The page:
Deep C# - Structs & Classes
Written by Mike James   
Monday, 08 November 2021
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Deep C# - Structs & Classes
Simple Types

However, let’s look at this more closely because a struct and a class look much more alike than say an int and a class and mistakes and misunderstandings are easy to make. The most immediate impact of this difference is that you don’t have to use new when creating an instance of a struct. That is, you can create an instance of PointV using:

PointV a;

and this immediately creates a PointV object which you can use:

a.x = 10

The similar class, however, needs new to create an instance and:

PointR b;

creates only a reference variable. To make use of a PointR object you also have to use:

b = new PointR();
b.x = 20;

To make the difference even clearer, you can create other references to the same PointR object as in:

PointR c;
c = b;

Now c and b refer to the same PointR object and the same x value is changed by c.x = 30 or b.x = 30. In the case of a struct, and a PointV in particular, you cannot create multiple references to it and assignment creates a copy of the struct. That is:

PointV d;
d = a;

makes an independent copy of the struct a. Now assigning to d.x changes a different x to that assigned in a.x.

If you think you follow, try predicting the values in each of the fields of this admittedly complicated set of assignments:

PointV a;
a.x = 1;
a.y = 2

PointR b = new PointR();
b.x = 3;
b.y = 4;

PointV c;
PointR d;

c = a;
d = b;
c.x = 5;
d.x = 6;

The answer is:

a.x = 1,a.y = 2
b.x = 6,b.y = 4
c.x = 5,c.y = 2
d.x = 6,d.y = 4

because d is the same object as b, but c is a new object initialized to be the same as a.

The difference between the two types of behavior is usually expressed as value semantics versus reference semantics, i.e. is the variable the value or a reference to the value. The advice is that structs should be used for simple data types where value assignment seems natural and classes should be used for more advanced types where reference assignment is natural.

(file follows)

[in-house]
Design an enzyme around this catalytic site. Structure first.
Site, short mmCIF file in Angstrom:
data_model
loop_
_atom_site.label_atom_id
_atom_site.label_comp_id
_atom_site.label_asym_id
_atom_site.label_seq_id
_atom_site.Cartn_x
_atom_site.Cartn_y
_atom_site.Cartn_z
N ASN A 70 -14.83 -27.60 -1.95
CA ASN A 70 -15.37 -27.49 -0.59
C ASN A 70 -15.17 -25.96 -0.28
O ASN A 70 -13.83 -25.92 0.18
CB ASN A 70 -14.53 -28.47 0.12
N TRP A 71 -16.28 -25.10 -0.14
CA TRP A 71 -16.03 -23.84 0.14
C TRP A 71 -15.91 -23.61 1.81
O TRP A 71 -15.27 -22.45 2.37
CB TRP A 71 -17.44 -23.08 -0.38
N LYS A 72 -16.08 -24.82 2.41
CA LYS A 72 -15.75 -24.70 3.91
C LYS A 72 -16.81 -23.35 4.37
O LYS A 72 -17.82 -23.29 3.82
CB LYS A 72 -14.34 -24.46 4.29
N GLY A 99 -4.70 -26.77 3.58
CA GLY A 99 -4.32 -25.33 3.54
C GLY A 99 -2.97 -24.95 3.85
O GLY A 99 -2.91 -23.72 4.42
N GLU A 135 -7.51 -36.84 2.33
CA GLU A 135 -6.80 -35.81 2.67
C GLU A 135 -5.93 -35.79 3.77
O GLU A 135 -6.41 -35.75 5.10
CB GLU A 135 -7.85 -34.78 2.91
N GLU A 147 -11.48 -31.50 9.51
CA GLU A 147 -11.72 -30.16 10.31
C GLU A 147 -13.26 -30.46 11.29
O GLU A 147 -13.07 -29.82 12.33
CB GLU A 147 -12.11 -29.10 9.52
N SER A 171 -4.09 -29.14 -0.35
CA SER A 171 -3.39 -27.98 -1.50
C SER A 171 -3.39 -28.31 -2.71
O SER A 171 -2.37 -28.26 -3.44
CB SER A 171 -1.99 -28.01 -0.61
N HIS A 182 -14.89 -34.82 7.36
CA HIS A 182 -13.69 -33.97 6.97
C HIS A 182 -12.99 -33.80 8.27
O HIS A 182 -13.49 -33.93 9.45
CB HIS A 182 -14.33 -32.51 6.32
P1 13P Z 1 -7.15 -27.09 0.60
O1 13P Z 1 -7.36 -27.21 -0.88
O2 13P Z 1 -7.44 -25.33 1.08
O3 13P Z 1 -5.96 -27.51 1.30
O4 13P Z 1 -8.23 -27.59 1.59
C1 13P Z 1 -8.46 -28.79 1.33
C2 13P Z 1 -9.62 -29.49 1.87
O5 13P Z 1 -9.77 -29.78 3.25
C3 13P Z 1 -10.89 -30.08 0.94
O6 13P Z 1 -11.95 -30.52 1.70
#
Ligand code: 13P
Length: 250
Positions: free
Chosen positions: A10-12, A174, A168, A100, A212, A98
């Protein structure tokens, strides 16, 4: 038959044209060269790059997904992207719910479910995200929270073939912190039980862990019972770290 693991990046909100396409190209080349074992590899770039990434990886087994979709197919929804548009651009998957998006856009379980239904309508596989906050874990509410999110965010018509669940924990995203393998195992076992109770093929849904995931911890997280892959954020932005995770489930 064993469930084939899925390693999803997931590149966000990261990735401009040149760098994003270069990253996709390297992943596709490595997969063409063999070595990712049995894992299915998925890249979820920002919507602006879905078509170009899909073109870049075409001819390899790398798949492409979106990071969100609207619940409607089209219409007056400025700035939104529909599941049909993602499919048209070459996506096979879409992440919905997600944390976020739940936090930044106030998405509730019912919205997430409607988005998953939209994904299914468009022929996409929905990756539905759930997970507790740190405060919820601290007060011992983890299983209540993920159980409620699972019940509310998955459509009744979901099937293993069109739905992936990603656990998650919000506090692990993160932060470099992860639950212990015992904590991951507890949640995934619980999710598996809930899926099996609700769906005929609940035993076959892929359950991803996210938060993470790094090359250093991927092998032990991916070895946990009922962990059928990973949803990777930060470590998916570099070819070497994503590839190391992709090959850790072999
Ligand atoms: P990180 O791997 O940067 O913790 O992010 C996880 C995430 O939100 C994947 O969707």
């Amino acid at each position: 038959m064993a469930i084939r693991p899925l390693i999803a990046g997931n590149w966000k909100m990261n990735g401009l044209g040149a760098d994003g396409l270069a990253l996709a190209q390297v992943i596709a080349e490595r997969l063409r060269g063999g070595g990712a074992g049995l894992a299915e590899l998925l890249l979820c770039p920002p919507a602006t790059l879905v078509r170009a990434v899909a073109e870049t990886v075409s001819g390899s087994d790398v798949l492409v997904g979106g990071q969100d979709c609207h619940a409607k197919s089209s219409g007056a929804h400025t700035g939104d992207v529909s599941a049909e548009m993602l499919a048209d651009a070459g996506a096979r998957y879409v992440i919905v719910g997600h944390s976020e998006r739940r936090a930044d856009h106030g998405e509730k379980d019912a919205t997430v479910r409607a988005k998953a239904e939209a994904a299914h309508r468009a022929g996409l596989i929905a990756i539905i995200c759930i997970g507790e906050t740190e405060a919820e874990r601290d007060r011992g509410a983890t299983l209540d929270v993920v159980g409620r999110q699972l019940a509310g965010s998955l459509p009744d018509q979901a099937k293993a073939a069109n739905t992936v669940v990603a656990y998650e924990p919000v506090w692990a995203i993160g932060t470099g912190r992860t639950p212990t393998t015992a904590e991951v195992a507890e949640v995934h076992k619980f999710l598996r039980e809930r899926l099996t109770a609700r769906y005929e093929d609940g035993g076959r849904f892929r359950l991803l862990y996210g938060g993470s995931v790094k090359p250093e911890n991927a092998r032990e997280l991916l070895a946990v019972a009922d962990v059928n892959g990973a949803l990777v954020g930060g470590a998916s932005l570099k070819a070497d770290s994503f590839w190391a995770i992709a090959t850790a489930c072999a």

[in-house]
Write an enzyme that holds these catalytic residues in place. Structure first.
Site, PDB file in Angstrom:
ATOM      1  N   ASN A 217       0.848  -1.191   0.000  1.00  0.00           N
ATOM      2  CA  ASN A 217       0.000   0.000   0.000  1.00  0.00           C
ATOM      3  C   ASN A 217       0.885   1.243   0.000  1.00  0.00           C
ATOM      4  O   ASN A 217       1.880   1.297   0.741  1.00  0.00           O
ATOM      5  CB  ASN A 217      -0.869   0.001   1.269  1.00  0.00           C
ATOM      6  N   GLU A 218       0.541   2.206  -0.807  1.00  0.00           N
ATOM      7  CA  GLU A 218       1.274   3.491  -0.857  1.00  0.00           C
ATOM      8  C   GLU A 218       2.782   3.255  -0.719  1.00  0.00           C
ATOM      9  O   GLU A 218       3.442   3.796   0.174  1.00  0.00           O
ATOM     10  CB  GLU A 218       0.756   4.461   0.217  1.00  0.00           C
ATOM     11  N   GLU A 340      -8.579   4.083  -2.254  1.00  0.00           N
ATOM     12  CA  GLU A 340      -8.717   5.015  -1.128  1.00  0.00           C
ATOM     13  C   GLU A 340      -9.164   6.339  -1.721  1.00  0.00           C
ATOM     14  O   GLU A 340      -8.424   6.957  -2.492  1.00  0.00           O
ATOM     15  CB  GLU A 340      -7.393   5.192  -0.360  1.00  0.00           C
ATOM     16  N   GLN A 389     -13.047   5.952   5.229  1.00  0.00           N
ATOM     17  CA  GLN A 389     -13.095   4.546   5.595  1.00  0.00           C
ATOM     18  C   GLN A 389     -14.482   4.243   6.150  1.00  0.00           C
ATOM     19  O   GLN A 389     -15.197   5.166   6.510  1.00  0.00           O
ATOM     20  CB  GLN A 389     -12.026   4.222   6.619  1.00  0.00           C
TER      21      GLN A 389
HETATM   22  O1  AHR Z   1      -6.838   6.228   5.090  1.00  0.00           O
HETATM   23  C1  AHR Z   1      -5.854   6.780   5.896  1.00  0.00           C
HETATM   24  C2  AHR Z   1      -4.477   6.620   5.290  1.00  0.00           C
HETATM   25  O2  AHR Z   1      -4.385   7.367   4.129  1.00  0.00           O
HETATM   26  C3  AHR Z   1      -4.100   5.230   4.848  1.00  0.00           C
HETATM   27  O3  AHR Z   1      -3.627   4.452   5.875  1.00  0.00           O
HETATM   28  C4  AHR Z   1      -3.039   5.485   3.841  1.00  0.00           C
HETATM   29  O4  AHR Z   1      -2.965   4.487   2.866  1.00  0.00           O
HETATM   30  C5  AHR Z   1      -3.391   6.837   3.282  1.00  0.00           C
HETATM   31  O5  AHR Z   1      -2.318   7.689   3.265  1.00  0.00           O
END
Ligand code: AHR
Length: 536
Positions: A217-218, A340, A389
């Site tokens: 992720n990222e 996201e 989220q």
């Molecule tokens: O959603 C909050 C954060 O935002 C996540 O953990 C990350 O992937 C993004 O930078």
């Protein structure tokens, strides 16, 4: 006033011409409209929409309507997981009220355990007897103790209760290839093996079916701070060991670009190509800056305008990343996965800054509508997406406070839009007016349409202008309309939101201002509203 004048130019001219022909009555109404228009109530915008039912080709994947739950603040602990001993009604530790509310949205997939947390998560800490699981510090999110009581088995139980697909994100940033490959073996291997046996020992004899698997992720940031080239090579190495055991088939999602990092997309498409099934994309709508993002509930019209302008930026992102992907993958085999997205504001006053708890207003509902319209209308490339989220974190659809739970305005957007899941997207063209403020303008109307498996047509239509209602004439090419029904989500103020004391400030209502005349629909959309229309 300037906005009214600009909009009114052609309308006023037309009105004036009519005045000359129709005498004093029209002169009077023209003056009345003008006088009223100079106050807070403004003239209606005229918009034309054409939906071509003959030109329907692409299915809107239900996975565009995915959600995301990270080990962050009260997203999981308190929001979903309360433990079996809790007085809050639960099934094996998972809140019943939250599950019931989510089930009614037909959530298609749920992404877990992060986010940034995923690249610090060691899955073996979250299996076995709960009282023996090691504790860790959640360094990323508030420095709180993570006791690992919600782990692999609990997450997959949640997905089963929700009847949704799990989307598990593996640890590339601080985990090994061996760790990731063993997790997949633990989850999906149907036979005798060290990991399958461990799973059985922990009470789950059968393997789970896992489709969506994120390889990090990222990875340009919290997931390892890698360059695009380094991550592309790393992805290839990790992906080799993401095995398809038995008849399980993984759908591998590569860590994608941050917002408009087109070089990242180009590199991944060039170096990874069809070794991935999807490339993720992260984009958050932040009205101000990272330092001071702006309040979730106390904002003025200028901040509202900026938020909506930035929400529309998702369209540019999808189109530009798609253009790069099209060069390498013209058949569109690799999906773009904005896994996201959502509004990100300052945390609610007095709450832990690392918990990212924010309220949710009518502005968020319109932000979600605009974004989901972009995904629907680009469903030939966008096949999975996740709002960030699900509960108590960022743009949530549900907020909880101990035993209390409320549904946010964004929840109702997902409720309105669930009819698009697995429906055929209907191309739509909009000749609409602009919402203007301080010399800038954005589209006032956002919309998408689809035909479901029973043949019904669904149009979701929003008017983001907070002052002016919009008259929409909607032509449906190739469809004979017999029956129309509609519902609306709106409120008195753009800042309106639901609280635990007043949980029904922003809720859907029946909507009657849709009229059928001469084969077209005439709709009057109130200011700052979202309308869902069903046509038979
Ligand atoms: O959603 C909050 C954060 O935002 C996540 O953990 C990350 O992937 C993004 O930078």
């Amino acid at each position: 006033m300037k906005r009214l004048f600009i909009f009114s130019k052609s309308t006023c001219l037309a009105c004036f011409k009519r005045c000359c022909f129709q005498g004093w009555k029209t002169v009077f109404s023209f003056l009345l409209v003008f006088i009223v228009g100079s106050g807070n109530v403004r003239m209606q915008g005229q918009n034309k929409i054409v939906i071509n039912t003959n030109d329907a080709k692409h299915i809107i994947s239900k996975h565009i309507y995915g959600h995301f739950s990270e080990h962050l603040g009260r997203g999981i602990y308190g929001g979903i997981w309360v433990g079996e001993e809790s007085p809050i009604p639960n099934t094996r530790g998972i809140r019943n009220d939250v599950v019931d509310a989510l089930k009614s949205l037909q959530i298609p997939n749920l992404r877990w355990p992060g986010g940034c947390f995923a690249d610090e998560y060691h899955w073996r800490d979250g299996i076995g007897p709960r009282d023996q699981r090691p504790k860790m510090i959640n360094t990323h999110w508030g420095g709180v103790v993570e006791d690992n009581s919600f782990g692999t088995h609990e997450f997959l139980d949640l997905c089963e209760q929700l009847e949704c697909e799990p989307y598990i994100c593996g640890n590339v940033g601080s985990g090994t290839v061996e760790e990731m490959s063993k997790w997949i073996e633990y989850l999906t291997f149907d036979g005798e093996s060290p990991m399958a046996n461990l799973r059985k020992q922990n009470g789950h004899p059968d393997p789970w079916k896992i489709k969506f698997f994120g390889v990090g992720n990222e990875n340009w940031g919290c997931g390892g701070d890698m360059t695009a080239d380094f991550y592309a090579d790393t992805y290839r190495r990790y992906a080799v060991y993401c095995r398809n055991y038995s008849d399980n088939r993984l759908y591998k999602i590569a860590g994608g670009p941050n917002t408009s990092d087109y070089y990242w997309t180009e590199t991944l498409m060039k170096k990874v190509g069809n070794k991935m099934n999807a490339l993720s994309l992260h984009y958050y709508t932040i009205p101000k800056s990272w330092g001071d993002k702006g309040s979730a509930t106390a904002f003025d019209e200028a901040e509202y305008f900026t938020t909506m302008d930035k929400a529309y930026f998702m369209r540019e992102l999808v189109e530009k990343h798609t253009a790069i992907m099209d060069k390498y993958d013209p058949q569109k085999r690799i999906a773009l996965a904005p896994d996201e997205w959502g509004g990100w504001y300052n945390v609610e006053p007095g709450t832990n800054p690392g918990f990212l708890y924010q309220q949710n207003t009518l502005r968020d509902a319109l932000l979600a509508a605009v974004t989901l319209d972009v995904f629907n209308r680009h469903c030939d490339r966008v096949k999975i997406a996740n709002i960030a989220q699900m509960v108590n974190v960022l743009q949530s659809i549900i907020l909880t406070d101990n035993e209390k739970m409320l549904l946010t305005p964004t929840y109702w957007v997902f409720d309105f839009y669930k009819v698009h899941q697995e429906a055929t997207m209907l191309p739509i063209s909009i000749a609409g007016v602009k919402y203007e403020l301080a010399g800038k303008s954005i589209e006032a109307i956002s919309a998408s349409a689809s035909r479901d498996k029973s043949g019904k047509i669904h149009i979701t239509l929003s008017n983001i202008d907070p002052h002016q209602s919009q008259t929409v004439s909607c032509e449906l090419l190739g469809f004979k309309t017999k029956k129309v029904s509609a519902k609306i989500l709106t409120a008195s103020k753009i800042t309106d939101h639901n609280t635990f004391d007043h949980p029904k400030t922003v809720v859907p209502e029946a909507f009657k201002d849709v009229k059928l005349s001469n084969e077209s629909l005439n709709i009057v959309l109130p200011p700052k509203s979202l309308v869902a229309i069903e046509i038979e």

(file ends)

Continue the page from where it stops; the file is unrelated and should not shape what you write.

If you want to use a class to store data then C# has a predefined record class that makes it particularly easy, but a record is still a class and reference semantics apply.


Value semantics also has another spin-off when it comes to arrays and indeed other complex data types. When you create an array you always use something closer to reference-type semantics as in:

int[] a = new int[10];

This creates 10 ints in a contiguous block of memory and this is very efficient. Now consider:

PointR[] b = new PointR[10];

This creates a contiguous block of 10 reference variables of type PointR all referencing nothing at all. That is, all you have created is an array of references to null

To finish the array construction you have to use something like:

for(int i = 0;i<b.length;i++){
  b[i] = new PointR();

This, of course, is not as efficient because the 10 objects are created on the heap and have to be memory managed, but all object-oriented languages suffer from this type of problem. The good news is that C# treats arrays created using structs in the same way as simple types, i.e. using value semantics. For example:

PointV[] c = new PointV[10];

immediately creates an array of 10 PointV objects in a contiguous block of memory.

As long as you keep thinking of value types and reference types as being more or less the same, except that reference types don't automatically create the object they reference, you should follow and things should seem simple. 

Structs versus Classes

Structs are so important and versatile that, before moving on, it is worth saying a few words that compares and contrasts them to classes while we are on the topic.

As you might expect of a value type, structs don’t support inheritance – they inherit from objects, but that’s the end of the inheritance hierarchy. They do support interfaces, however, more of which in Chapter 6. Also a struct can have methods, properties and constructors, but it can’t have a destructor. Its default, i.e. parameter-less, constructor can’t be changed and always initializes all its fields to the default value of 0 for a value type and to null for a reference type. You can add your own explicit constructor to initialize fields to specific values. Surprisingly, although you can create a struct without the use of new, you can write:

PointV a = new PointV();

It is important to realize that this way of creating a struct is no different from the point of view of value or reference semantics - a struct is always a value type.

There is a difference, however, and it is that the use of new calls the struct’s default constructor which sets each field of the struct to its default value. If you don’t use new then the fields are treated as undefined and the compiler displays an error message if you try to make use of any of the fields before they have been assigned to.

Last Updated ( Monday, 08 November 2021 )